How Skyrim allows gamers to design a complex character using a set of simple options
I am an Argonian (yes, it sounds like a chemical element and not a fantasy race) but that does not define who I am in The Elder Scrolls V: Skyrim or how I behave in the game, although a number of players react to my rather distinctive looks.I have no class and I feel fine about how the developers at Bethesda have handled the elimination of this particular role playing game trope, which allows me to try out a lot of fight styles and activities and see whether I am good at them with limited to no penalties.
I follow the Tower at the moment after I stopped at the massive stone sign which signals this astrological sign's presence in Skyrim and decided that unlocking any kind of lock at one is a great gift to have for a warrior who carries a limited number of lockpicks and always breaks them in Master locks.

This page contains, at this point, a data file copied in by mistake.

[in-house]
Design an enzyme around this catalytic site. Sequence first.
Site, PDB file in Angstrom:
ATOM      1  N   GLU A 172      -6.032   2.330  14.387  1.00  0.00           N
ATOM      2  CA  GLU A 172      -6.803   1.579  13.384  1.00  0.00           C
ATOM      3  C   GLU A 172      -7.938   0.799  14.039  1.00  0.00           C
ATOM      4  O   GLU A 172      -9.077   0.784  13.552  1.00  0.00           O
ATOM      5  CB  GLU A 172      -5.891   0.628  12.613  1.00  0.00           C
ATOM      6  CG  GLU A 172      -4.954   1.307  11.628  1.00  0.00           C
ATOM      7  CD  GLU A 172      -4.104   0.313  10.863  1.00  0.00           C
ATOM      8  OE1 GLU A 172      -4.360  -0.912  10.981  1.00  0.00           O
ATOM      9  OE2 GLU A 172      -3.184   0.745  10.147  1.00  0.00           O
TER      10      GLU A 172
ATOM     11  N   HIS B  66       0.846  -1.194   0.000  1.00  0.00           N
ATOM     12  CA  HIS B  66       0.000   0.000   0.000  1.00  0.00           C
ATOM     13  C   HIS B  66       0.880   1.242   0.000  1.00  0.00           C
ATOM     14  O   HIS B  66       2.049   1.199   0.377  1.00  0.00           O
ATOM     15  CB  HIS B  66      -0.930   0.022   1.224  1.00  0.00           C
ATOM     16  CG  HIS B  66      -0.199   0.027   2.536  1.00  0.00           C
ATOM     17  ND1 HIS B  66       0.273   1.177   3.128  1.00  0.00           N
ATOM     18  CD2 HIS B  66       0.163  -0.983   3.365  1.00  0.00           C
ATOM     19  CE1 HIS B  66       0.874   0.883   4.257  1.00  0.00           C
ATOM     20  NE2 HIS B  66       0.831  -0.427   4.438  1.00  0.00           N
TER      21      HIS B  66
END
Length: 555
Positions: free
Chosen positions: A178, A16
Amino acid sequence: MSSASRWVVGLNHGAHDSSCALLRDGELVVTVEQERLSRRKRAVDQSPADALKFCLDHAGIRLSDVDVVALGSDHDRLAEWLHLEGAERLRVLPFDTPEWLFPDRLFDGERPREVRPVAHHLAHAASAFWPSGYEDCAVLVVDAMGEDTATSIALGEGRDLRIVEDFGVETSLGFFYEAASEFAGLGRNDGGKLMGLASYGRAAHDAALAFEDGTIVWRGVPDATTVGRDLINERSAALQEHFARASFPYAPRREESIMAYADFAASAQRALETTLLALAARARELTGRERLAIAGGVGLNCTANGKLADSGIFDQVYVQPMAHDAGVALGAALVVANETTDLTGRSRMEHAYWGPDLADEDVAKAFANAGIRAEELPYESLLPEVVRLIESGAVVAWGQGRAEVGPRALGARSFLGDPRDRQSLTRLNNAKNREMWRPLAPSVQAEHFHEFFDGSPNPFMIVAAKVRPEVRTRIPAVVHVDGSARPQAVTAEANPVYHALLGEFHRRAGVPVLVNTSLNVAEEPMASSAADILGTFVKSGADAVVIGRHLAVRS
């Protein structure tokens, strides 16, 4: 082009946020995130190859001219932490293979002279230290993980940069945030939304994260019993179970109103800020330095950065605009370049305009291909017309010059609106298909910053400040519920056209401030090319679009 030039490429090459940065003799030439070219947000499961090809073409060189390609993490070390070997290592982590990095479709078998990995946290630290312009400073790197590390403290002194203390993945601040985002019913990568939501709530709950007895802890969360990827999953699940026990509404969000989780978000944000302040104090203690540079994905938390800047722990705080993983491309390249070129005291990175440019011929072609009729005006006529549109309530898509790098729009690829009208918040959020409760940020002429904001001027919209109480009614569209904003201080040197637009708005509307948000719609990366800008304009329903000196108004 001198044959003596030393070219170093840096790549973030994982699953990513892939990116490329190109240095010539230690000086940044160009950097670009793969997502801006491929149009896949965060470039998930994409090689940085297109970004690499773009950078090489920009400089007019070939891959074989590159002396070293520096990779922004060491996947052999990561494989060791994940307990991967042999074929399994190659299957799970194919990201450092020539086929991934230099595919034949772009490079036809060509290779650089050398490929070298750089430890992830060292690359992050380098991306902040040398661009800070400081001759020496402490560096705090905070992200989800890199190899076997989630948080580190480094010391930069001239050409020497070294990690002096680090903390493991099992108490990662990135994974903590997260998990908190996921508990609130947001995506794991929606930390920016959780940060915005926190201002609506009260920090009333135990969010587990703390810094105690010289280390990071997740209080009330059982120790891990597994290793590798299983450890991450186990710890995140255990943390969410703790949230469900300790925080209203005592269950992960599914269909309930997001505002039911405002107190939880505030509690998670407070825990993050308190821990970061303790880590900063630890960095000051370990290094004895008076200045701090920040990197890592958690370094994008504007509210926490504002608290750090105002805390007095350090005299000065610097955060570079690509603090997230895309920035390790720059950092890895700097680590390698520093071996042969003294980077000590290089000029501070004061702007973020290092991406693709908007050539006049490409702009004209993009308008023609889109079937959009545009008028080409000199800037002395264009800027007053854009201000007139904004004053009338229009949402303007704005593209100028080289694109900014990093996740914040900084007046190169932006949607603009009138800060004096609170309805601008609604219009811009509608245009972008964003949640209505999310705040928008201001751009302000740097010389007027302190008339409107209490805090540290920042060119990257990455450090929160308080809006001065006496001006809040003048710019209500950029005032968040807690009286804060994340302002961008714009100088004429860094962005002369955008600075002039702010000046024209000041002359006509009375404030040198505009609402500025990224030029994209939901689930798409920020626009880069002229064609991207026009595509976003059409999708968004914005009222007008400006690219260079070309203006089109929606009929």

I choose to pray to Talos, the former human king that has been so successful in life that he has managed to get a place among the gods of the world, but the main reason for this is not a love of religion but the fact that I am making a political statement by following this banished God (my real life persona is also a bit bothered that one can't be an atheist in Skyrim).
I could have chosen another race, from Breton to Khajit, I could choose another sign depending on my play style and the stones that I have found in the world, I could become the follower of another god and by doing so I would change the way I tackle the challenges of Skyrim and experience the game world.
There are not too many games out there, an even less open world ones, that offer this kind of freedom and I am glad that Bethesda made these design choices even if it means more time dedicated to Skyrim in the last few weeks than to sleep.